The rise of the sharing economy – and specifically accommodation sites like Airbnb – have created real opportunities for property investors. But is changing your property from a long-term rental to short-term accommodation a smart decision? Here we look at the important questions to ask before making this move.
The rules governing Airbnbs vary between locations and can be quite different to the requirements for longer-term rentals. For example, some local Councils will treat short-term accommodation as a “special use” that you need their approval for. Others will have a cap on the number of nights that a property can be rented out for short stays.
There are also some developments (apartment complexes, housing estates, etc.) that ban the listing of their properties on Airbnb. These rules are usually designed to protect the quiet enjoyment of other residents and minimise the wear and tear on communal spaces. As breaking these rules could result in significant fines, it is worth checking whether your property is subject to such restrictions.
As a general rule, an Airbnb will be more expensive to maintain than a standard rental property. This is largely because it needs to be fully furnished and appointed, which means additional setup and maintenance costs. There is also the letting fee charged on each booking (currently 3%), as well as property management and cleaning costs.
All these costs come on top of the standard expenses associated with an investment property, like mortgage payments and utilities. This means that to achieve a similar yield, you will need to increase the property’s daily rent rate. To make sure this is realistic, calculate your proposed rent rate – including your projected expenses and occupancy rate – and compare this to other properties in the area.
While an Airbnb can deliver higher returns than a standard rental property, the income they produce is often less stable. Depending on your property’s location, guest interest could be seasonal or tied to major events. There may also be times when the property sits vacant for extended periods.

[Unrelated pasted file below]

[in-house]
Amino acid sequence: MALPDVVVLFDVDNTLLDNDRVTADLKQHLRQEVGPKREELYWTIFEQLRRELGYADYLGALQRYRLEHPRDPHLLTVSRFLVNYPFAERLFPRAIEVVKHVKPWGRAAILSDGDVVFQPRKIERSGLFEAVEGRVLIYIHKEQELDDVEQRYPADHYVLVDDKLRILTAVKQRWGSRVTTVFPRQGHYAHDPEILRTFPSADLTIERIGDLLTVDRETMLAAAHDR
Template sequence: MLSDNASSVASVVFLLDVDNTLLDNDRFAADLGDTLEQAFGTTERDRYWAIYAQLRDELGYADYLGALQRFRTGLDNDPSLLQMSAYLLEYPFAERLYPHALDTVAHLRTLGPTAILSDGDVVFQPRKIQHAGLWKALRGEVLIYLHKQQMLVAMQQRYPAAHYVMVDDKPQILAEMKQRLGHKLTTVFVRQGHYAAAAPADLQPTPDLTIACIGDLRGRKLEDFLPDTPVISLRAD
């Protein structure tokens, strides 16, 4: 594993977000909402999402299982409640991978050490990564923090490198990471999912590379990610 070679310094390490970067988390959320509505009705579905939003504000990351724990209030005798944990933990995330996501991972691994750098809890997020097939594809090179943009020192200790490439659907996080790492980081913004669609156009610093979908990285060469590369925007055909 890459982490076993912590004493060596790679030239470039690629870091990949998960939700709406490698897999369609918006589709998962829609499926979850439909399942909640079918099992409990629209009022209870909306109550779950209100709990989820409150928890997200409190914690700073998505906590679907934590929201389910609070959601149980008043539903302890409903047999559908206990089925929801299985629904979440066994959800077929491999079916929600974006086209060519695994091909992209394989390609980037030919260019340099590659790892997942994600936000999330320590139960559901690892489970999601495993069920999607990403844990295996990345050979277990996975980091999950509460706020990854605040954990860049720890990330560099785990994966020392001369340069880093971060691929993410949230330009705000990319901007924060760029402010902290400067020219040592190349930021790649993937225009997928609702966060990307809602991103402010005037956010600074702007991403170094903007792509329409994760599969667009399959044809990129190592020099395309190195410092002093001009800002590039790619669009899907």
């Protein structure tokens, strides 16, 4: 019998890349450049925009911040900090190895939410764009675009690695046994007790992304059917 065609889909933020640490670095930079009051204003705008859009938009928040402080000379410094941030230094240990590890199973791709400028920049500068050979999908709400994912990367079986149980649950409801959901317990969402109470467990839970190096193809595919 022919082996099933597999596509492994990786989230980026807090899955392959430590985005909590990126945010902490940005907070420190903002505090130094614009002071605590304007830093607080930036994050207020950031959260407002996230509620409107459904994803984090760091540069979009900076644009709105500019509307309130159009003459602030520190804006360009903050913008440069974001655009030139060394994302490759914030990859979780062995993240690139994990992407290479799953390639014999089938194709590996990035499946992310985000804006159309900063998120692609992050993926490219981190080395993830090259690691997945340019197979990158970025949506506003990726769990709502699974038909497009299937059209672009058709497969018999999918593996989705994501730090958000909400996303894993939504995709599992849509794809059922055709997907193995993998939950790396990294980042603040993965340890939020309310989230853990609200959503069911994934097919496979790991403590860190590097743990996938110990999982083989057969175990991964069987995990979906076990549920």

As such, you need to be sure you can ride out both the highs and the lows. This means having enough of a contingency fund to cover all your expenses during your low periods. It also means having a clear understanding of your likely occupancy rate and structuring your pricing accordingly.
A successful Airbnb will usually have new “tenants” moving in and out weekly – or even more frequently. This higher turnover increases the risk of damage to the property, theft of items from the property, and injury to tenants. As such, it is critical that you are sufficiently covered, just in case the worst happens.
Promptly confirming bookings and responding to guest enquiries is an important part of managing an Airbnb. This takes time and may not easily fit in around your other commitments, particularly if you have a full-time job. As such, you may need to engage a management service to help with the administration and marketing of your property.
The property will also need to be fully cleaned, restocked, and restaged between bookings. Again, if you are unable to do this yourself, you will need to hire professionals to do it for you. While this will add to your ongoing costs, you can add a standard cleaning fee to all bookings to help offset this expense.
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